Nobles' replacement, Richard Cozzi, was questioned by the press about whether he was running a real airline or simply treading water while a buyer was sought to take over an enterprise saddled with heavy debt. He insisted that he was operating the shuttle to make a profit, not prepare it for sale. However, he would last little more than a year himself as a former Eastern Airlines flight operations director Terry Hallcom was brought in to replace him.
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    The Trump Shuttle ceased operating roughly six months after Hallcom assumed his new position. It was taken over by Trump's lenders, who hired US Airways to run it. A few years later, US Airways reported it was profiting on this operation. Meanwhile, Pan Am executives said that their shuttle had made money throughout its competition with the Trump Shuttle.

    Who loses money on casinos?

    Like banks, casinos are home to large amounts of cash money. Whether you're talking about slot machines, blackjack or roulette, the odds always favor the house, and a well-conceived, well-run gambling hall should consistently make a profit.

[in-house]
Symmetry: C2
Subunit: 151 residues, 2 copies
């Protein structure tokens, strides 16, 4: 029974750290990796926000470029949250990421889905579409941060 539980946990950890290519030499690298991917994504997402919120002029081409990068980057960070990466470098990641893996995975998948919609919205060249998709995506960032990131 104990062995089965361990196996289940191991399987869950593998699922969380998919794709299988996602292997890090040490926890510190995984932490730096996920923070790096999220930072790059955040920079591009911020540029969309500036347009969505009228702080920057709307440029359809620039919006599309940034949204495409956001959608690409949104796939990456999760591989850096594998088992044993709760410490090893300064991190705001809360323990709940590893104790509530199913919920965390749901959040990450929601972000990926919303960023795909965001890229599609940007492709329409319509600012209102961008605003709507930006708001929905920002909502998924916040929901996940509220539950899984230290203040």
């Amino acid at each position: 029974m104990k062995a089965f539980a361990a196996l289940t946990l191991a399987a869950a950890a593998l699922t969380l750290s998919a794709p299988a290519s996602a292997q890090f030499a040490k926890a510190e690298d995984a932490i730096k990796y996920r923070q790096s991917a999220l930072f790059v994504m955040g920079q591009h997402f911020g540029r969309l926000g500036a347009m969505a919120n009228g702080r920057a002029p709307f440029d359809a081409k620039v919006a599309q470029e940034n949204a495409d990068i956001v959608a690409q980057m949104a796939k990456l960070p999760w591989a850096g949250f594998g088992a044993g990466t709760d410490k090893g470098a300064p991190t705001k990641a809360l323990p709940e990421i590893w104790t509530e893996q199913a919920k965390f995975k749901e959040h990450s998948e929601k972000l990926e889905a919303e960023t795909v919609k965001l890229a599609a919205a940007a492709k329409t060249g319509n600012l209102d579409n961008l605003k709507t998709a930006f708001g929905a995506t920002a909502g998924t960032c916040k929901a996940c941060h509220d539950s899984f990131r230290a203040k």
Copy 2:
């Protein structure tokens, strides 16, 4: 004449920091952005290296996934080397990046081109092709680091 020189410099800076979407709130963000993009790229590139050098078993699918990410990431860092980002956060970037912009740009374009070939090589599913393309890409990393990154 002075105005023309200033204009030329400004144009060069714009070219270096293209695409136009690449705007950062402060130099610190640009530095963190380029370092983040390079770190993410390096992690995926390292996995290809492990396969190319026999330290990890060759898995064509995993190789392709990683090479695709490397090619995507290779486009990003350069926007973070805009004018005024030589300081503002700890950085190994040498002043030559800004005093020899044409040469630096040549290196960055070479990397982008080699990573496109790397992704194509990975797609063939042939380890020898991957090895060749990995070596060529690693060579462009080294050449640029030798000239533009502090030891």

When Trump got into the casino business in Atlantic City, he didn't know anything about it. He didn't even like to gamble. Trump hired some veteran executives away from top casinos, but they were often exasperated by their boss. According to John O'Donnell, whom Trump recruited from the staff of the Las Vegas mogul Steve Wynn, Trump "did not understand gamblers. He could not comprehend that a person who comes thousands of miles to stand at a table and wager $10,000 over and over again on a throw of the dice is motivated by something other than money."
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    In a book that O'Donnell wrote about his experience as a Trump casino executive, he painted a picture of a boss who was not interested in cultivating high rollers by socializing with them and unaware of the need for the repeat business of everyday gamblers from New York City and Philadelphia. What Trump was interested in was the way his executives looked and dressed. O'Donnell wrote of how Trump warned his top men about the dangers of losing their hair, and recalled that he once told all the managers at the casinos that they should wear suits because "there are no sport coats in the Trump Organization."